Eilat pays for Israel’s patchy security policy in Gaza and IDF’s quiet cooperation with Egypt
Israel’s southernmost town, the Eilat tourist resort of 70,000 inhabitants, is now being targeted for missile attack from Sinai every few days. No one has been hurt and nothing damaged – thus far. This time, Iron Dome caught the ball but no defense system is foolproof. The Red Sea tourist resort knows it must prepare for the worst, in the light of the short-sighted policy Prime Minister Binyamin Netanyahu and Defense Minister Moshe Yaalon have adopted i.e., security and intelligence cooperation with Egypt’s presidential candidate and strongman Gen. Abdel-Fattah El-Sisi, in place of direct action.
The government’s handling of the Syrian and Hizballah fronts, as well as the negotiations on the future of Jerusalem and the West Bank, show the same pattern of over-reliance on external forces to look after Israel’s essential security concerns.
In the space of two years, Israel’s prime minister and defense minister agreed to place the handling of two dangerous terrorist threats in foreign hands.
One: It caused Israel to secretly drop – or overlook – the fundamental Sinai demilitarization clause in its 1979 peace treaty with Egypt and allow Gen. El-Sisi to inject military forces into the peninsula to combat the Islamist terrorists overrunning wide areas of northern and central regions and the borders of the Gaza Strip and Israel.
The peace treaty was ratified 35 years ago by the Knesset. Any changes should have – but were not – put before the House.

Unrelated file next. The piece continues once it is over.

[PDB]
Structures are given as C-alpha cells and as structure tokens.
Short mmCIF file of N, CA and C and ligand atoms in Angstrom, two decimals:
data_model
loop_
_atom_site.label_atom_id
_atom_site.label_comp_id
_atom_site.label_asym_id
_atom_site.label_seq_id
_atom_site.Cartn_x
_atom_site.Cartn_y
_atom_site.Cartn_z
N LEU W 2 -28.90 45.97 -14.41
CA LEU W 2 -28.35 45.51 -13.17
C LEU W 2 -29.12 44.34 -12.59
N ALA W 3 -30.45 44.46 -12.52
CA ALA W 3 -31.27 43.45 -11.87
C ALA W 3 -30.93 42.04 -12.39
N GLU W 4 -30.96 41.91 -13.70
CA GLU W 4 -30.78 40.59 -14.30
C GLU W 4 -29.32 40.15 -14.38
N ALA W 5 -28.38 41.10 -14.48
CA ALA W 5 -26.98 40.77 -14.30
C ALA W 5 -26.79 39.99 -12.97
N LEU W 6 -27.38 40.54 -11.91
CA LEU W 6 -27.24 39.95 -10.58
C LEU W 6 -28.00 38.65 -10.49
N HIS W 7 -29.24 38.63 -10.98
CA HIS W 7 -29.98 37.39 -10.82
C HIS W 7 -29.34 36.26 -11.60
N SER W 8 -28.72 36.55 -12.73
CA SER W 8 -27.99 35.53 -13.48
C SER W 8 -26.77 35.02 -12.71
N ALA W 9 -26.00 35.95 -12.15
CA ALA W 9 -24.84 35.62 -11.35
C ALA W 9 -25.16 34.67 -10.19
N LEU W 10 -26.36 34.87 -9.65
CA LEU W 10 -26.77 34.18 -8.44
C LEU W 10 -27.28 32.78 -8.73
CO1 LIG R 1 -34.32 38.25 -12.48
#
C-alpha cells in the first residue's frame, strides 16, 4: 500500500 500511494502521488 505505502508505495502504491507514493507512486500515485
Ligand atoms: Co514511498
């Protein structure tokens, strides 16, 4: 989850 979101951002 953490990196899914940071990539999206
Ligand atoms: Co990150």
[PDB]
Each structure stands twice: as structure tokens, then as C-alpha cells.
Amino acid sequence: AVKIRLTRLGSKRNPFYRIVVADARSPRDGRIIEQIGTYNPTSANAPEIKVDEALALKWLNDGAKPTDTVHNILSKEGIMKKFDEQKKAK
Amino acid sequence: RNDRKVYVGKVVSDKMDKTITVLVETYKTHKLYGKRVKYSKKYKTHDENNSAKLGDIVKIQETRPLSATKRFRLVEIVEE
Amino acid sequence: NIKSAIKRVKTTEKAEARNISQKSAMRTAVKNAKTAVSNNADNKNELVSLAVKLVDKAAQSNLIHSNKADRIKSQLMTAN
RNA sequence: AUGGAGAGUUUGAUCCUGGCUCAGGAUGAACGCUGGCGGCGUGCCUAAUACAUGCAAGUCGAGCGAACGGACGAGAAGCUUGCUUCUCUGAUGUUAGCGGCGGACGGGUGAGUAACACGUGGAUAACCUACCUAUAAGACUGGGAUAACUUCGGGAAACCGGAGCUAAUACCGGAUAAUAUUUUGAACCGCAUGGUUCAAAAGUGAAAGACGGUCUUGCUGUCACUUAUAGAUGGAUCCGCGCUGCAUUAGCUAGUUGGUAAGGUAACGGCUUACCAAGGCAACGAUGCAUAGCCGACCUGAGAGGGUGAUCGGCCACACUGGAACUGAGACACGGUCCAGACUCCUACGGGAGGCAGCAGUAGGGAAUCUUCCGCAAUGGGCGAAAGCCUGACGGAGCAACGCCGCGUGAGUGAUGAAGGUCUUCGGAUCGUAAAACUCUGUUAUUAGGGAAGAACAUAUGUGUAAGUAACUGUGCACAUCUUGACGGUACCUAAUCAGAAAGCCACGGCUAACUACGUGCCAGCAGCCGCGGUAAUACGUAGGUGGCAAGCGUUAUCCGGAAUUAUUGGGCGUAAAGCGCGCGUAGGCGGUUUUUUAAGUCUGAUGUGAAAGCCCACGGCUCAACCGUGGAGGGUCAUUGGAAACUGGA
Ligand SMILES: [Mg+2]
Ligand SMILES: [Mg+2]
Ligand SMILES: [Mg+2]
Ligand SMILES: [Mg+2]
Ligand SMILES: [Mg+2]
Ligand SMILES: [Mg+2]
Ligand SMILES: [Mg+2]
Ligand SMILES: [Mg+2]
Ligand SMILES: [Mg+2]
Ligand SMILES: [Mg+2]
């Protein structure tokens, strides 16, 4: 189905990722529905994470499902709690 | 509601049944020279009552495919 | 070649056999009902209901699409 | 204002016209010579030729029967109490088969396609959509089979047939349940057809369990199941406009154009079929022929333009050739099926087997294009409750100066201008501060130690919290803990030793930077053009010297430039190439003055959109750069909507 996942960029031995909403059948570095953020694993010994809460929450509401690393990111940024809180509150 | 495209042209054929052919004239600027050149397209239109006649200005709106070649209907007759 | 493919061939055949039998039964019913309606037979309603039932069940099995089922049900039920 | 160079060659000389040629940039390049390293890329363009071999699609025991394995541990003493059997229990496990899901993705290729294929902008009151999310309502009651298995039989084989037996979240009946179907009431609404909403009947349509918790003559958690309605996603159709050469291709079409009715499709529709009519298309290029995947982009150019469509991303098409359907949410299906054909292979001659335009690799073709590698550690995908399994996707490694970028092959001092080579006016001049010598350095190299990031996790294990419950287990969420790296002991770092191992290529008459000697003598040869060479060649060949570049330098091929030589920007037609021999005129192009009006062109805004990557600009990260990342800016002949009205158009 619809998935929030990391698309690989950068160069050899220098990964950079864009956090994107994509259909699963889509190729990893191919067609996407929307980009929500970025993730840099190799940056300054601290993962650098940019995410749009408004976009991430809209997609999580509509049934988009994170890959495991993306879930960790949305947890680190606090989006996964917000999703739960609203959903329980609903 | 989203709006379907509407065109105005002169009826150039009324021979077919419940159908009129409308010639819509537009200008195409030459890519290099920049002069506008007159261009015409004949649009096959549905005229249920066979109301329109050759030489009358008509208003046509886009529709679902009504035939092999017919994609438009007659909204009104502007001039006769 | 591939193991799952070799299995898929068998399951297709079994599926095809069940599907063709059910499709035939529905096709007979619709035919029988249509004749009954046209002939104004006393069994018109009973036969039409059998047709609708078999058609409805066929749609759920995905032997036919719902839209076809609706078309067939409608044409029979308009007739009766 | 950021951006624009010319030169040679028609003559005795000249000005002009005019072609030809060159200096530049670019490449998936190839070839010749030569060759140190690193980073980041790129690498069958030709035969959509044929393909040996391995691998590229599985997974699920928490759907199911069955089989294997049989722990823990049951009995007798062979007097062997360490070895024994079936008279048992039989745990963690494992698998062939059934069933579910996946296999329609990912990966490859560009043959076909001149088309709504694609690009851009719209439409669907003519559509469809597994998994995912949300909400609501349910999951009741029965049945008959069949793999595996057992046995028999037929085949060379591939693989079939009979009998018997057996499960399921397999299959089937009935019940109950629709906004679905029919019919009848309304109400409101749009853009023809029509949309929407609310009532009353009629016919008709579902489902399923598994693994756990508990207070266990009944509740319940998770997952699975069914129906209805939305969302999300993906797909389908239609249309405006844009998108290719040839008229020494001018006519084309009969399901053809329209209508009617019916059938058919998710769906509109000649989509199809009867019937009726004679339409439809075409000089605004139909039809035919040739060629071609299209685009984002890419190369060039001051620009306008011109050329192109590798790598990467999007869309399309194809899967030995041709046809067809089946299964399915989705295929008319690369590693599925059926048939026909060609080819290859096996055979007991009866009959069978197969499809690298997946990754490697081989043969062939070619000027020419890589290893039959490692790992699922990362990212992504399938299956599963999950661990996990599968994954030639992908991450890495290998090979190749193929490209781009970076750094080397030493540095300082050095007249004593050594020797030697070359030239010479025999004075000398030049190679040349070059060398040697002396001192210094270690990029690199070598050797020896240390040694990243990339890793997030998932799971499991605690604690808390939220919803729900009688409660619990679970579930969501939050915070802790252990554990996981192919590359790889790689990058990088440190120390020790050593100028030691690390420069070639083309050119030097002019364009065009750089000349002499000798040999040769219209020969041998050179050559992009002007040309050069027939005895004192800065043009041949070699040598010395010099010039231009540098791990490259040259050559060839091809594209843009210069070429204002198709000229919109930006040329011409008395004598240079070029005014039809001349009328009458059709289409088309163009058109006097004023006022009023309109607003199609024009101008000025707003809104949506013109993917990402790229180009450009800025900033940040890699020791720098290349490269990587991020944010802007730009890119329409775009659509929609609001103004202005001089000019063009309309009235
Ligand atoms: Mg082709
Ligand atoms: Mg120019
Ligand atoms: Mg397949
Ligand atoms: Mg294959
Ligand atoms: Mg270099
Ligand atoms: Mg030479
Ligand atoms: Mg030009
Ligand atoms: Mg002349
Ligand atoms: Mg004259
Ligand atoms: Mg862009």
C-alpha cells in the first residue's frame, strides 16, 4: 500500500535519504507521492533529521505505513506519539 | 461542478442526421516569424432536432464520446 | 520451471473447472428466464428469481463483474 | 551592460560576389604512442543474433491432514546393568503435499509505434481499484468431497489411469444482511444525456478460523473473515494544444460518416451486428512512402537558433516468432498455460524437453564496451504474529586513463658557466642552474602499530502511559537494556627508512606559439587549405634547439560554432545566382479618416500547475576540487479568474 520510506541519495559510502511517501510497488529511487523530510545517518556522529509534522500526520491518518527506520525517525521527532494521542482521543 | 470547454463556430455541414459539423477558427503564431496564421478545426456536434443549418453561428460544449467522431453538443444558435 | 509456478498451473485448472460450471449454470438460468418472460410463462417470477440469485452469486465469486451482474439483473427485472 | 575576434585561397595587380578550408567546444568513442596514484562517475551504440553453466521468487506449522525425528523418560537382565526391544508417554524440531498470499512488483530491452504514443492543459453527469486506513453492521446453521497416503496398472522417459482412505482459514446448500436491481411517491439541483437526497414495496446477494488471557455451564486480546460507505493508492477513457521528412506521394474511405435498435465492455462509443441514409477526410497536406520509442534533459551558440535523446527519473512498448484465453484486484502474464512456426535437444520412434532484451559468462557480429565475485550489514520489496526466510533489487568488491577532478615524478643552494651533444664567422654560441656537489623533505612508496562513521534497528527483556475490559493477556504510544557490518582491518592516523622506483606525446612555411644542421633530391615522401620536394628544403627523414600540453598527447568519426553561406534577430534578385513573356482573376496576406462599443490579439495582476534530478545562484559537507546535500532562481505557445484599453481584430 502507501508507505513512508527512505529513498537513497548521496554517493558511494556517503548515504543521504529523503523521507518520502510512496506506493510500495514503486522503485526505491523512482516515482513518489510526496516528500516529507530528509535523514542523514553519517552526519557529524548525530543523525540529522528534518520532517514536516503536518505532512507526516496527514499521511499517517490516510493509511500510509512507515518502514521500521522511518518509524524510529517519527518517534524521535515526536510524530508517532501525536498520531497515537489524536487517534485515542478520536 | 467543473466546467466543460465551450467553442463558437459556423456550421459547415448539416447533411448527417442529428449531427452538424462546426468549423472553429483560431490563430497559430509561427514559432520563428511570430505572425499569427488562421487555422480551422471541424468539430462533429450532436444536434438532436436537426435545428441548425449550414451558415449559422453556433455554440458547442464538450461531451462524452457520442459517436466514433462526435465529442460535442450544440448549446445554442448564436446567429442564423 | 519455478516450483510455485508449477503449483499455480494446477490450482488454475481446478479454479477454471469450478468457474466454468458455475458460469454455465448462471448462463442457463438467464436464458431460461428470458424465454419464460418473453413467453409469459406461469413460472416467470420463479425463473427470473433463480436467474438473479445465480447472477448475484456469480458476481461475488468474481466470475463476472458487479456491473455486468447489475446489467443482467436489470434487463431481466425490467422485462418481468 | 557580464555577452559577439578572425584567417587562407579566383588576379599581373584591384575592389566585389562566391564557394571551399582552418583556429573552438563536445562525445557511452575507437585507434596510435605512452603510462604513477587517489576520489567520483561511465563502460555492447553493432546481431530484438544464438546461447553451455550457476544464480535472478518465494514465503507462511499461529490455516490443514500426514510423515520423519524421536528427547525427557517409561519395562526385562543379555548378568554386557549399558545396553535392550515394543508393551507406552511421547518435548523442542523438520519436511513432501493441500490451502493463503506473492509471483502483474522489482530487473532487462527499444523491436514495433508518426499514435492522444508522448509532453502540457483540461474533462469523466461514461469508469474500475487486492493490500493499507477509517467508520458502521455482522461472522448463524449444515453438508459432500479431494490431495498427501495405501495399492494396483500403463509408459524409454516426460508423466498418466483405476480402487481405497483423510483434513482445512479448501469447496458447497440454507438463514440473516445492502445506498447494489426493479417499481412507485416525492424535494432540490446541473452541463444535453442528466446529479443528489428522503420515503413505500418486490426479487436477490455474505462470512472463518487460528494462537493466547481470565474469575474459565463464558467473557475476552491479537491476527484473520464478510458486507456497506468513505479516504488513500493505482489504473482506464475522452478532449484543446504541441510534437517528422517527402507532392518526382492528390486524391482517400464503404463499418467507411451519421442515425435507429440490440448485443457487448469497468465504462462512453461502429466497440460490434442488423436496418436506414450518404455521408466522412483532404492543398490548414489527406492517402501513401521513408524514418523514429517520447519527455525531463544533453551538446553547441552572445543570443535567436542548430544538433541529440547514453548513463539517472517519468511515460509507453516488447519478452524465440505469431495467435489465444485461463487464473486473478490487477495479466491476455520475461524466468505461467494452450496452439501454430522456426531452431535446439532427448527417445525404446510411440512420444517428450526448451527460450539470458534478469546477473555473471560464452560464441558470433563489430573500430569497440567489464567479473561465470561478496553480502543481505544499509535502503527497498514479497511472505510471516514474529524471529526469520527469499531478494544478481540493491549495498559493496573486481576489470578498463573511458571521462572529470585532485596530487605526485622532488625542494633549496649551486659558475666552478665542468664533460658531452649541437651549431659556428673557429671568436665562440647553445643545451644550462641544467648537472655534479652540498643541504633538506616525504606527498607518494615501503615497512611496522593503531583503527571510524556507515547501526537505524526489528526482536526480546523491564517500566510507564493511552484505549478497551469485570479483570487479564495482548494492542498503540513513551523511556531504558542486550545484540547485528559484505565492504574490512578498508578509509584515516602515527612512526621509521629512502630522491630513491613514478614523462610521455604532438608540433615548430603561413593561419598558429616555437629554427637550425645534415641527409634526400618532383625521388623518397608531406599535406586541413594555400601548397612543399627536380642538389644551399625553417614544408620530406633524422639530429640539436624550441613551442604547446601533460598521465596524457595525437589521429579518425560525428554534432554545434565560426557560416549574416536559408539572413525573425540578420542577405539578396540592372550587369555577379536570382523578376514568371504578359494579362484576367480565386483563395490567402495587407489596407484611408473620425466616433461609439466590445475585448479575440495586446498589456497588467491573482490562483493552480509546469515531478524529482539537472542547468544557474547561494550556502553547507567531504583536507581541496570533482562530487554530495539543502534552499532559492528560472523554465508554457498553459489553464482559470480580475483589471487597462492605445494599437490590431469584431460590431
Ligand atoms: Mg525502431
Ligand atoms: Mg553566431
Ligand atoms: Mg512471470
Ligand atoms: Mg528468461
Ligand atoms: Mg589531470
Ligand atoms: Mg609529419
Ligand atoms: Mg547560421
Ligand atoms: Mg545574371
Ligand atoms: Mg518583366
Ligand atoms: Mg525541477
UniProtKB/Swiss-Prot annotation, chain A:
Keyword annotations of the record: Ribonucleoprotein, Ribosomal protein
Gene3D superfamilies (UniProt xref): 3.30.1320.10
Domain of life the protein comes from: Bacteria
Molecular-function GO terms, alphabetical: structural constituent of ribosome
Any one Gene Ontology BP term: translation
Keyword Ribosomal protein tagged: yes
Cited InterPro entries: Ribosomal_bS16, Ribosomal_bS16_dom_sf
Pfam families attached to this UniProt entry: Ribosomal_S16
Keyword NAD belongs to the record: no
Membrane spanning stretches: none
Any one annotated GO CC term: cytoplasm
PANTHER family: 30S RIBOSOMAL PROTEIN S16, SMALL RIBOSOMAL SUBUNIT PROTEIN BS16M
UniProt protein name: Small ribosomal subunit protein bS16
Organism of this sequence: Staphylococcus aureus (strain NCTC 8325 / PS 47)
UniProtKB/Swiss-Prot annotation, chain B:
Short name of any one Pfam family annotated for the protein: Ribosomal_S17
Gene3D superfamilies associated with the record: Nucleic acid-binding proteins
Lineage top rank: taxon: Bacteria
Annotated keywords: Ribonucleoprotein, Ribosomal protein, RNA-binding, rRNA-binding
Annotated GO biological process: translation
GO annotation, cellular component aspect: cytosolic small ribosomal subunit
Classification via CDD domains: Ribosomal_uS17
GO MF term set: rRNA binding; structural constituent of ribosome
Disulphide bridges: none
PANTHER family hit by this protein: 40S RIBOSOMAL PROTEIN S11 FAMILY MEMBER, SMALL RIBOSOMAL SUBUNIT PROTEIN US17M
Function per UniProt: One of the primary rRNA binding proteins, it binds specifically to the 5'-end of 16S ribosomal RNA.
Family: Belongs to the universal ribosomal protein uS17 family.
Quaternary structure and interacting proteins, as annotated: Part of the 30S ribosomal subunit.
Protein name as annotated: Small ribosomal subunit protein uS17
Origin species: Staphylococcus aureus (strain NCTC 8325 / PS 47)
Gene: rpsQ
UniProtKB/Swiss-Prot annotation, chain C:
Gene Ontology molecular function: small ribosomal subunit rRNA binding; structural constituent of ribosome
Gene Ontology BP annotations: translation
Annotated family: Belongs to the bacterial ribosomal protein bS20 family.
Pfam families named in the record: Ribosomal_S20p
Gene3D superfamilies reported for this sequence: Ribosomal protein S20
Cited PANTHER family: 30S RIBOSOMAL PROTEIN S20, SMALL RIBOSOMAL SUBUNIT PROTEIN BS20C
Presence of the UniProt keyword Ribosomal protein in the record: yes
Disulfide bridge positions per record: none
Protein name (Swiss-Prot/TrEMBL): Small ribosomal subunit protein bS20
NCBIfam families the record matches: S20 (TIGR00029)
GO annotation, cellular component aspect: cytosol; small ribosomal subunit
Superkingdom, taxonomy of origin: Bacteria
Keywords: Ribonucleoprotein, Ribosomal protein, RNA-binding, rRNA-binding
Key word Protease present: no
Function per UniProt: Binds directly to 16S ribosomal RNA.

For years, the IDF, Israel’s military intelligence and air force consistently rejected all Cairo’s requests to permit Egyptian air force activity in Sinai – even during the Mubarak regime.
That restriction was waived last year. Egyptian aircraft and helicopters have taken to bombing terrorist targets and even penetrating Gaza Strip airspace for gathering intelligence.
The last Egyptian air strike Friday, Jan. 31 against Islamist terrorist targets in the peninsula was the heaviest ever. An estimated 60 missiles were dropped on the northern Sinai village of Al-Pitat near Sheikh Zuweid, killing at least 13 Ansar Bayt al-Maqdis fighters and destroying many buildings.
Al Qaeda undervalued as “global jihad”
Israeli official spokesmen never name this or any other jihadist organization, referring to “global Jihad” – apparently hoping a vague term will diminish the immediacy of the menace.
It is therefore important to lay out clearly the true nature of Ansar Bayt al-Maqdis.
It is a coalition of Islamist groups and militias led by Abdallah Al-Ashqar which brings together Al Qaeda fighters from Yemen, Saudi Arabia, Libya, Sudan, Egypt and Sinai Salafist Bedouin.
Its command structure incorporates the military arms of the Egyptian Muslim Brotherhood, the Palestinian Hamas and the pro-Iranian Jihad Islami.
Its most violent element is the virulent Al-Gama’a al-Islamiyya, a veteran Egyptian ultra-radical organization, that was responsible for the assassination of President Anwar Sadat in 1981 for signing peace with Israel.
Three years ago, Al-Gema’a terrorists stormed and torched the US and Israeli embassies in Cairo.
A year later, on Sept. 1, 2012, the same Egyptian jihadists took part in the attack on the US consulate in Benghazi, Libya, and the murder of US Ambassador Chris Stevens and another three American officials.